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Grant, Ulysses S. Grant

Published by Presidio Press, San Rafael, CA (1979)

ISBN 10: 0891410538 ISBN 13: 9780891410539

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From: Manny Recidro Books (San Diego, CA, U.S.A.)

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Item Description: Presidio Press, San Rafael, CA, 1979. Hard Cover. Book Condition: Very Good-. Dust Jacket Condition: Good. First Edition. Second Printing. Sml 8vo in black cloth spn and grey boards. Warmly inscribed, and signed by the author on the frnt fly. Illtd with maps, charts, and b/w photographs. Browned spots to back pnl; and slt wear to extremities; else int. clean, and binding tight; overall VG-/G in clear dust jacket cvr. Signed by Author. Bookseller Inventory # 5111

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Sharp, Ulysses S. Grant

Published by Presidio Pr

ISBN 10: 0891410538 ISBN 13: 9780891410539

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From: Wonder Book (Frederick, MD, U.S.A.)

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Item Description: Presidio Pr. Book Condition: Very Good. SIGNED/INSCRIBED! CA: Presidio Press, 1978. Presumed 1st though not stated, no indication of later printing. Hardcover. 8vo. 324 pgs. Signed and inscribed by Admiral Sharp on front endpaper. B/w photos, maps and charts. Very good in a good dust jacket. Light edgewear to covers. Contents clean and binding sound. Jacket is edgeworn, rubbed and has small tears to spine head. Inquire if you need further information. Bookseller Inventory # B26750-M-VIET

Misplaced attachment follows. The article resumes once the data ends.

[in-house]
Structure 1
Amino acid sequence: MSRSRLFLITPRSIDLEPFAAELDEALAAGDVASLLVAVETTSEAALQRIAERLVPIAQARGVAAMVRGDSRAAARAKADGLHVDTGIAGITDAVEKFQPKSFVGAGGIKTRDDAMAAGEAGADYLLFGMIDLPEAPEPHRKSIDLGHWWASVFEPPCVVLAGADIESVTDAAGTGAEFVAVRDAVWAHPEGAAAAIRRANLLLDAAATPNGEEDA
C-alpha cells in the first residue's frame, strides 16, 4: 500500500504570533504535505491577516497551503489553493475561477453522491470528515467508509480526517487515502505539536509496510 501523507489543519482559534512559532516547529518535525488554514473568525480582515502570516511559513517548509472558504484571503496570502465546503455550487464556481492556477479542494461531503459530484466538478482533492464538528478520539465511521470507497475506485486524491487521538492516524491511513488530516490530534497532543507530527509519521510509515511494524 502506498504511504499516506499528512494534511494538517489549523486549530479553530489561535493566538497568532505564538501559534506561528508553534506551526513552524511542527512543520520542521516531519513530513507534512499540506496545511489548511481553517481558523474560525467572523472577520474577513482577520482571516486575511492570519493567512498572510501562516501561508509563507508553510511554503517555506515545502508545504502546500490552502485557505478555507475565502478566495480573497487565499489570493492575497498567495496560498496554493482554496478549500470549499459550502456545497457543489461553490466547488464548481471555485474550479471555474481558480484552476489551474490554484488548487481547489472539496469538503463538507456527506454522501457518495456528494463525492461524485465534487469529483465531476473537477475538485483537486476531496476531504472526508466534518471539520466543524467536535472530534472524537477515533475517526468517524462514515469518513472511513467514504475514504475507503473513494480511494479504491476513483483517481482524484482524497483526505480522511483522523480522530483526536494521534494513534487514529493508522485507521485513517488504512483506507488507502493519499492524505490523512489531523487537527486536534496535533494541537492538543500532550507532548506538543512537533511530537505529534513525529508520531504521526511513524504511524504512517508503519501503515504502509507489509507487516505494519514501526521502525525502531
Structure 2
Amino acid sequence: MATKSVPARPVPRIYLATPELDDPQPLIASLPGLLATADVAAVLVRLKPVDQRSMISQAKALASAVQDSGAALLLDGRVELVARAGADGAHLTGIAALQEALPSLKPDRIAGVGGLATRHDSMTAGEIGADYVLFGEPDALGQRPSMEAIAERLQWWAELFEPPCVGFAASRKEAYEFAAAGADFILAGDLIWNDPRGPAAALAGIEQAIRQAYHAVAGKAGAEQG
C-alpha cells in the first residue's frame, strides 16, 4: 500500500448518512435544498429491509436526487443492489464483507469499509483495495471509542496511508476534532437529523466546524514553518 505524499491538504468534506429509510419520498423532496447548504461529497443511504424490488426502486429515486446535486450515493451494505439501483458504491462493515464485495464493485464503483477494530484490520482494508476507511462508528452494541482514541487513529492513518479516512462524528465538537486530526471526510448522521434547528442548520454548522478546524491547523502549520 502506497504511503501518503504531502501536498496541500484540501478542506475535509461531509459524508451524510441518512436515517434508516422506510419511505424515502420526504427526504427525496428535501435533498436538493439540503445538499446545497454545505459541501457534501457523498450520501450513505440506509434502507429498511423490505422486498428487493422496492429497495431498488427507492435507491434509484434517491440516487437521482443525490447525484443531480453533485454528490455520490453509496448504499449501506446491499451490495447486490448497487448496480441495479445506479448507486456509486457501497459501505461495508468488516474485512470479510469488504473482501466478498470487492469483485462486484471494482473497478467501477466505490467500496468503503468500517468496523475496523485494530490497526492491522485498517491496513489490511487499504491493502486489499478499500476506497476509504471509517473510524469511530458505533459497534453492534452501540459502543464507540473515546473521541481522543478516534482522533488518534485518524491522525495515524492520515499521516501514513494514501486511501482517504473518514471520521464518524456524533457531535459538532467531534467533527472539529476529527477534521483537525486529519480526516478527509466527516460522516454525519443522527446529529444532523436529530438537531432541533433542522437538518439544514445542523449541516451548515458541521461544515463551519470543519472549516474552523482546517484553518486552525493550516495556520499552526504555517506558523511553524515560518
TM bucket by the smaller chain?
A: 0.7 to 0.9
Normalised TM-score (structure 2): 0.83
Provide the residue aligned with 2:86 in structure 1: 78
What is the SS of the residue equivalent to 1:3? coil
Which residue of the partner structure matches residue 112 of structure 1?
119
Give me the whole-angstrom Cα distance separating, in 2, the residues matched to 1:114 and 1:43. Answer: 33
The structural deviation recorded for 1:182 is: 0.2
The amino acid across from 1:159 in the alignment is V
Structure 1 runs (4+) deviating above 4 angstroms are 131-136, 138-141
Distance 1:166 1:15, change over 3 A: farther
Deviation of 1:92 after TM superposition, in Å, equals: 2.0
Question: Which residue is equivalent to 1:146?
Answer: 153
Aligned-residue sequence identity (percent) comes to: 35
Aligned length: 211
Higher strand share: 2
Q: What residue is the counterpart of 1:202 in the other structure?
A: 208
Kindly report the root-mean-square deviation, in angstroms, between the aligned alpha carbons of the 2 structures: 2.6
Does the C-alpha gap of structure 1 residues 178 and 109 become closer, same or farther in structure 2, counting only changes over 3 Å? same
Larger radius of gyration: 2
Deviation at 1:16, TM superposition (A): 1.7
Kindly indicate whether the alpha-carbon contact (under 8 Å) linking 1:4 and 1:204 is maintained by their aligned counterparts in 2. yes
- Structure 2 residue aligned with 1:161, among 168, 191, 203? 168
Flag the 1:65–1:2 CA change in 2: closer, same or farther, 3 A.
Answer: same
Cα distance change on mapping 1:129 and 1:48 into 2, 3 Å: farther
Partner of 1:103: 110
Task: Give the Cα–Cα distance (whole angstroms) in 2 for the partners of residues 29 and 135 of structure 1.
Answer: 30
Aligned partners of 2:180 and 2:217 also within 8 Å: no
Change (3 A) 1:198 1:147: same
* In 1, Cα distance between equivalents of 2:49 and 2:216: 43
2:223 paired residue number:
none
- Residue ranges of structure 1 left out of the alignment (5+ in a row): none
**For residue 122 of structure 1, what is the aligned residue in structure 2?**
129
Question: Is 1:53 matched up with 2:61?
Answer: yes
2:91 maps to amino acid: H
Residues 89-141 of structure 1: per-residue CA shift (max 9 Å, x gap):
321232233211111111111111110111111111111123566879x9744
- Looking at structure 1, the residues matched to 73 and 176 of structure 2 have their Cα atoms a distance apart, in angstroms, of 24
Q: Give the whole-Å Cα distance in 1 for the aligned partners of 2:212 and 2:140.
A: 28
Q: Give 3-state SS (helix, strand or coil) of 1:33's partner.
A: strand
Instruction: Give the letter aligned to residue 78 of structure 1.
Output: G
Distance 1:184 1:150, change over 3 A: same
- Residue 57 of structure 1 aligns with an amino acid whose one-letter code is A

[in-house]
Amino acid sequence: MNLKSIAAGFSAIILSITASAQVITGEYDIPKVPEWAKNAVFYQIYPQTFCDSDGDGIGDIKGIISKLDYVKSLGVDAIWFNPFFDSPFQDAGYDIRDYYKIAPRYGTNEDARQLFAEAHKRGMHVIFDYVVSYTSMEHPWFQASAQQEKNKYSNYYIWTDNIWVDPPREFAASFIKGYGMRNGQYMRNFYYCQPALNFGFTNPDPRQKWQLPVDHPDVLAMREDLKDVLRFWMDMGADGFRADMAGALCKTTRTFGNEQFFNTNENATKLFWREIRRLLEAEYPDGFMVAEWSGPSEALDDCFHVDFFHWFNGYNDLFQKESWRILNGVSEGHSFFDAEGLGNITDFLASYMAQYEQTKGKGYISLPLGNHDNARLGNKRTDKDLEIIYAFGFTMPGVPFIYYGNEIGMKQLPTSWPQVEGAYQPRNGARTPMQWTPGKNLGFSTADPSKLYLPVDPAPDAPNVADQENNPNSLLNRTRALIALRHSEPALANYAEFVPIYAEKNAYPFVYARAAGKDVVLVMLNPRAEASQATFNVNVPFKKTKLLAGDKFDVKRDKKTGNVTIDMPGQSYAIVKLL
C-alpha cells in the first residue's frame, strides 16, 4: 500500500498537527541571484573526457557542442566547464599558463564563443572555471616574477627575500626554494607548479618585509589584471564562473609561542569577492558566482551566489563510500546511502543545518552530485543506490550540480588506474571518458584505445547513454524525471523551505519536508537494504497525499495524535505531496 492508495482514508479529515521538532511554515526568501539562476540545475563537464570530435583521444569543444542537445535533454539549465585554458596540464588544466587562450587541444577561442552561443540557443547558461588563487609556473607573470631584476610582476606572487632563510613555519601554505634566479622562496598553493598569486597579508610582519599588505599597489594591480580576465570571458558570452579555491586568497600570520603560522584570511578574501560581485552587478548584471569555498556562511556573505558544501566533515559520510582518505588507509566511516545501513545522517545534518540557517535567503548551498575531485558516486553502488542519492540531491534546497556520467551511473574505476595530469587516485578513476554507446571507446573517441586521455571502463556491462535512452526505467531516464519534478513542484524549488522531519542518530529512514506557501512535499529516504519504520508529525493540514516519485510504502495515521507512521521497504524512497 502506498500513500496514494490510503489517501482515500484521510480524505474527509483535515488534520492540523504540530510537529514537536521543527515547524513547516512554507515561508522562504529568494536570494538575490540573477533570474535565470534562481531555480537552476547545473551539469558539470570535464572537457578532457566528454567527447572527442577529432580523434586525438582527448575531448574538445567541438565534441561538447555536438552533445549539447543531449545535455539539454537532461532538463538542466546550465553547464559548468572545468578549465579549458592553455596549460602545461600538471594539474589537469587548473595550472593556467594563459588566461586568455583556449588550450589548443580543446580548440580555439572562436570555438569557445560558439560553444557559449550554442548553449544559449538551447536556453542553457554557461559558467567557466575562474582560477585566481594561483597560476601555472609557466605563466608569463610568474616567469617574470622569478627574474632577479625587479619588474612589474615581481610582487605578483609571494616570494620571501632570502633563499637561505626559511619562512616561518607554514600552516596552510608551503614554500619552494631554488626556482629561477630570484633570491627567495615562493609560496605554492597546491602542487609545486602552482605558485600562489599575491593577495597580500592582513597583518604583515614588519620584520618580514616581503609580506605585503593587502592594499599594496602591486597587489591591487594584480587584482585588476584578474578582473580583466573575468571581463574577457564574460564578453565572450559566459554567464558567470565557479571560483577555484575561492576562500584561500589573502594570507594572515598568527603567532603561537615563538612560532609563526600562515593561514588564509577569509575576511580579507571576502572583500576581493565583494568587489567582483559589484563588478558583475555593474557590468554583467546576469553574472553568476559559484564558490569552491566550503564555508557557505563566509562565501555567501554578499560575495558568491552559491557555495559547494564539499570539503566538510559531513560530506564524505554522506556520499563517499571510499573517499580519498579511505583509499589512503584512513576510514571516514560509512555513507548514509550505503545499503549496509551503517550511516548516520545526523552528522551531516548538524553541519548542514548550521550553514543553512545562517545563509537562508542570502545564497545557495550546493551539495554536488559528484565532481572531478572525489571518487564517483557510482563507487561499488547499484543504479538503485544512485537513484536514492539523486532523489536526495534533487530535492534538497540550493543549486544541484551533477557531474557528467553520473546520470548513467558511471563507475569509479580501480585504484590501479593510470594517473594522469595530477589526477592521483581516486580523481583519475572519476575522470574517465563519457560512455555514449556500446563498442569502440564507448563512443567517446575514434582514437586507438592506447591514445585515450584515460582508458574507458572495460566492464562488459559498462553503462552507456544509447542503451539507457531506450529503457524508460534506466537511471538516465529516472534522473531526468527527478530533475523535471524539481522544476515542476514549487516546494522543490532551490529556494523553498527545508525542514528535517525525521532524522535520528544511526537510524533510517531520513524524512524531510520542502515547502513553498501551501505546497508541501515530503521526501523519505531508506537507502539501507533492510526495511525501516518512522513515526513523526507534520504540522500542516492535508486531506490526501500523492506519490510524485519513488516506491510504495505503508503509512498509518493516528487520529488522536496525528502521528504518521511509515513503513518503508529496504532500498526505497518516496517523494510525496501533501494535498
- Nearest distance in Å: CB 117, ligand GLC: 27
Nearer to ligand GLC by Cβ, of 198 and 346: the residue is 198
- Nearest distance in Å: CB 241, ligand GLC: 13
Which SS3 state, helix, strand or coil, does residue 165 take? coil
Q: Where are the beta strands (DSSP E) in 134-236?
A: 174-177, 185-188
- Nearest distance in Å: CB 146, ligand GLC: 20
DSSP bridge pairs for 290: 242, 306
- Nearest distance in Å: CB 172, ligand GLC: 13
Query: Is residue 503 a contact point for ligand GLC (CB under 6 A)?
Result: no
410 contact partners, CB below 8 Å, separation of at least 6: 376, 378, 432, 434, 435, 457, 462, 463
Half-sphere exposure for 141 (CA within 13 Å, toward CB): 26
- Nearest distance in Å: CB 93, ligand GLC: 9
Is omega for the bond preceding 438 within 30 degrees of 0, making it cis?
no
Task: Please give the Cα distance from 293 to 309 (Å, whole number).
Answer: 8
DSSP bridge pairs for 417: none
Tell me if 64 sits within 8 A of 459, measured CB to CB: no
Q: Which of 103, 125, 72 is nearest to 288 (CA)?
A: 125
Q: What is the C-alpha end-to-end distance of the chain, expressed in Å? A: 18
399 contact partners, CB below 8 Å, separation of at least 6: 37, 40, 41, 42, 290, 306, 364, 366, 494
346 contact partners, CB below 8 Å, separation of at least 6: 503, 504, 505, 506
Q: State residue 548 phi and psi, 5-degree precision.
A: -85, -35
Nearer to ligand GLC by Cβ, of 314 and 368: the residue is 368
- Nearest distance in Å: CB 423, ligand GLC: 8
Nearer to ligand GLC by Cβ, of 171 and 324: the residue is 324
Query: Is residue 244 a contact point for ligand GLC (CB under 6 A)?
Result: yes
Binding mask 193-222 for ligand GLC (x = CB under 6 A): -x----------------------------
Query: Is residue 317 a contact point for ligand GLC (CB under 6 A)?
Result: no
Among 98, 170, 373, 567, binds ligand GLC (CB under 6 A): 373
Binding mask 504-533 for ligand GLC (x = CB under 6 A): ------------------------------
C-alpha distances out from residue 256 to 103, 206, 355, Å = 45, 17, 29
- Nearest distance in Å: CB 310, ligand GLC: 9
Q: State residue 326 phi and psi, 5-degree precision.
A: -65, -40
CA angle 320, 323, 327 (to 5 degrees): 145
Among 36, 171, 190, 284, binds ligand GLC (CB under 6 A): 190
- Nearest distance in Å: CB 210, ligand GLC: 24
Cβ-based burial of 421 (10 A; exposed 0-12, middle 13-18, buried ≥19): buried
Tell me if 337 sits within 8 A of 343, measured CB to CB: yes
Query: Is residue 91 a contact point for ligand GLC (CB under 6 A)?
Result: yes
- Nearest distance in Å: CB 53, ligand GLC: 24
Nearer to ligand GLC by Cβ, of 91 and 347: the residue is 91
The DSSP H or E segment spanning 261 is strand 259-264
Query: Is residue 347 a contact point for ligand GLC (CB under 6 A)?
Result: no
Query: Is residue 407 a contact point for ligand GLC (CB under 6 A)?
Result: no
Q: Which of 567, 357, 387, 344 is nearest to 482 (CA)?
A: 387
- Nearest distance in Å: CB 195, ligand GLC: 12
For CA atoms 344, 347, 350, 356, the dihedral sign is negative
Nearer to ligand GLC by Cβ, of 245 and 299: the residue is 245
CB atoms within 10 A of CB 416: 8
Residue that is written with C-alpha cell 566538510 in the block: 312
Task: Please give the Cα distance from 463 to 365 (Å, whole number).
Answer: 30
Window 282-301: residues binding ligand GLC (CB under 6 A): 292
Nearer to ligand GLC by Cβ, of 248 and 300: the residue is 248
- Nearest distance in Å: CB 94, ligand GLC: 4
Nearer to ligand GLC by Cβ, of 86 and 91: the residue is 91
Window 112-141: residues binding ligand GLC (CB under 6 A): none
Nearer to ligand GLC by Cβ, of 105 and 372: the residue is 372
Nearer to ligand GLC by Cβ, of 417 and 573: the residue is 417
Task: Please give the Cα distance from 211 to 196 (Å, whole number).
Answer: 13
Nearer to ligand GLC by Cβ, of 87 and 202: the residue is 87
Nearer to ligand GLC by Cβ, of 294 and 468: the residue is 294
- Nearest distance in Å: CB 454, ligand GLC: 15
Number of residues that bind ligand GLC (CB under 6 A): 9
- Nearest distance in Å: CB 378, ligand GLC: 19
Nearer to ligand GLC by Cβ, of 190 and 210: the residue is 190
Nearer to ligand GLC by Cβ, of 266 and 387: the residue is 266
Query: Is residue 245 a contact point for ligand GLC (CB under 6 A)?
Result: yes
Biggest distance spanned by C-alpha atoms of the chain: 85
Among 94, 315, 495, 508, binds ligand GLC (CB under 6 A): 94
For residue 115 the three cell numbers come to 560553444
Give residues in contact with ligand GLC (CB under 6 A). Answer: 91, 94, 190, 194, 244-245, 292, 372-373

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Washburne, Elihu B. (1816-1887). American politician and diplomat who was appointed U. S. Minister to France by Ulysses S. Grant and served from 1869-1877.

Published by Washington, DC: January 12, circa [1869]. [1869]. (1869)

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Item Description: Washington, DC: January 12, circa [1869]. [1869]., 1869. Book Condition: Good. Washington, DC: January 12, circa [1869]. [1869]. Good. - 3 inch high by 5-1/2 inch wide cover addressed in black ink in Washburne's hand and signed by him to the left of the postmark: "E B Washburne". The cover has been mounted on a piece of cream card of the same size. The cover has been folded once and is lightly stained with some small ink blots & a tear to its left edge. Good. American politician and diplomat Elihu B. Washburne [1816-1887] was a member of the Washburne family of Maine, which played a leading part in the early formation of the United States Republican Party. He served as a congressman from Illinois before and during the Civil War and was a political ally of President Abraham Lincoln and General [later President] Ulysses S. Grant. Grant appointed him Secretary of State [a post Washburne held for only eleven days] out of respect for his support during the Civil War and to give him some diplomatic clout before he took up the post of United States Minister to France, which he held from 1869 to 1887. Bookseller Inventory # 35083